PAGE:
Linda Hutcheon’s “Rhetoric and Competition”, addresses a recent and problematic development in the academic community: authors competing for an audience. Hutcheon argues that “at some point during the 20th century, we appear to have lost the sense of being part of a “novitiate culture.” She notes that while the connotation of this phrase is religious “in my field that has meant losing a sense of … disseminating Truth and beauty.”, in other words, cooperation. In the community of academics this phenomena has materialized within academic life in the form of a public “pecking order”, whereby the “clever and articulate win” what is now a “battle of words that has become the defining characteristic of education.”
While Tobias Werron takes a less critical stance on competition, his piece “Why do we believe in competition? A historical view of competition as an institutionalized modern imaginary”, looks at competition in a similar way (a conflict over an audience). Werron points out that “competition for attention” is a form of competing for an audience. Another important aspect of competition for an audience that Werron addresses in parallel with Hutcheon, are the factors that increase the circulation of this competitive discourse. Werron cites Pierre Bourdieu, a French psychologist who studied competition within television and the field of journalism. “He argues that competition between broadcasters and journalists, because of common orientation towards viewing rates and sale of advertisements, has homogenizing effects” on the result of the work produced. In other words, the increase of the technological stage where academia is shared, has led to greater exposure to other ideas, greater competition, and possible “homogenizing” which means the increased artistic conformity amongst authors under public pressure. While this is not a blatantly negative take on this technological phenomenon, it is clear that technology used within academic discourse increases the amount of individuals that have access to the work, which will inevitably make the field more competitive.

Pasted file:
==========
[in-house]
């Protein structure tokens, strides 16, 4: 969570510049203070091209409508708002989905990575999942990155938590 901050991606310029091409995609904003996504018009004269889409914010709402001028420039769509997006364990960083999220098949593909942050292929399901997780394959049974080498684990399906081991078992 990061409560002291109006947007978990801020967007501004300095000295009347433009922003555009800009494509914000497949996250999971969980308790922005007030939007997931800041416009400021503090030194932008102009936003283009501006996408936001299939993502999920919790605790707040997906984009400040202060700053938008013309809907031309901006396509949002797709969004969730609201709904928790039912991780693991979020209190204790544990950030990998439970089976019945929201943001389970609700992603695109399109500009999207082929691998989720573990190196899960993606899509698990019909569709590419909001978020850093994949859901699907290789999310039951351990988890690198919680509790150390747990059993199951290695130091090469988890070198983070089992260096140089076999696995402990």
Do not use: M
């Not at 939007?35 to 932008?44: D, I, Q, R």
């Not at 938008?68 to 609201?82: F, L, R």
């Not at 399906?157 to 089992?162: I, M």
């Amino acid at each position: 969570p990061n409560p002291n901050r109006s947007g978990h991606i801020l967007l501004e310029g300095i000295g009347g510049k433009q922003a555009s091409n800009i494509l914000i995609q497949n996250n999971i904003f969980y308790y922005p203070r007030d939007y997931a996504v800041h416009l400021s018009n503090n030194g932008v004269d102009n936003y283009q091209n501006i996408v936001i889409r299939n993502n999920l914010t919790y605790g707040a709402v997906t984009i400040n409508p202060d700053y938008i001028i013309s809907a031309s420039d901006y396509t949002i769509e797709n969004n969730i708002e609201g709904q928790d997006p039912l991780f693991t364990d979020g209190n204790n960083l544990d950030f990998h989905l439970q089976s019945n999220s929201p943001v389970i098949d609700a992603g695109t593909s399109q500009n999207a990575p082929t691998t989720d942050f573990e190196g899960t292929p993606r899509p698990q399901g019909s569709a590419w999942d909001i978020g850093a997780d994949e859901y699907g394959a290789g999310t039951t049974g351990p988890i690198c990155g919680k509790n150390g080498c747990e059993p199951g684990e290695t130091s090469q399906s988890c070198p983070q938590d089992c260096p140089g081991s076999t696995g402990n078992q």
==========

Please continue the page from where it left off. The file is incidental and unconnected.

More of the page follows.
I think it’s harder to tell whether or not these two authors are referring to the same thing when they say competition because they both argue different levels of critique on modern day competition. To reiterate the differences in their respective arguments, Hutcheon argues that the discourse of modern academics has become increasingly competitive, and as a result, the discourse has become more “subtractive” than “additive” to the pursuit of knowledge. Werron on the other hand, argues the value using an “empirical research perspective” to learn more about modern competition as a reproduction of “public comparisons of performance.” Yet they both analyze competition within the context of an audience. This is alludes to Werron’s model of pure competition which shows the public’s constant spectation of the competing interests. From this I glean that Werron uses the word competition to describe the relationship between the audience and the competitor. Hutcheon sees the competition within academic discourse as one-on-one “combat and one-upmanship.” An “adversarial process” which involves two combatants. In Hutcheon’s argument, she does make a mention of an audience, as I mentioned earlier. However, the audience doesn’t go beyond a benign observer. The audience does not affect Hutcheon’s definition of competition, unlike Werron’s argument.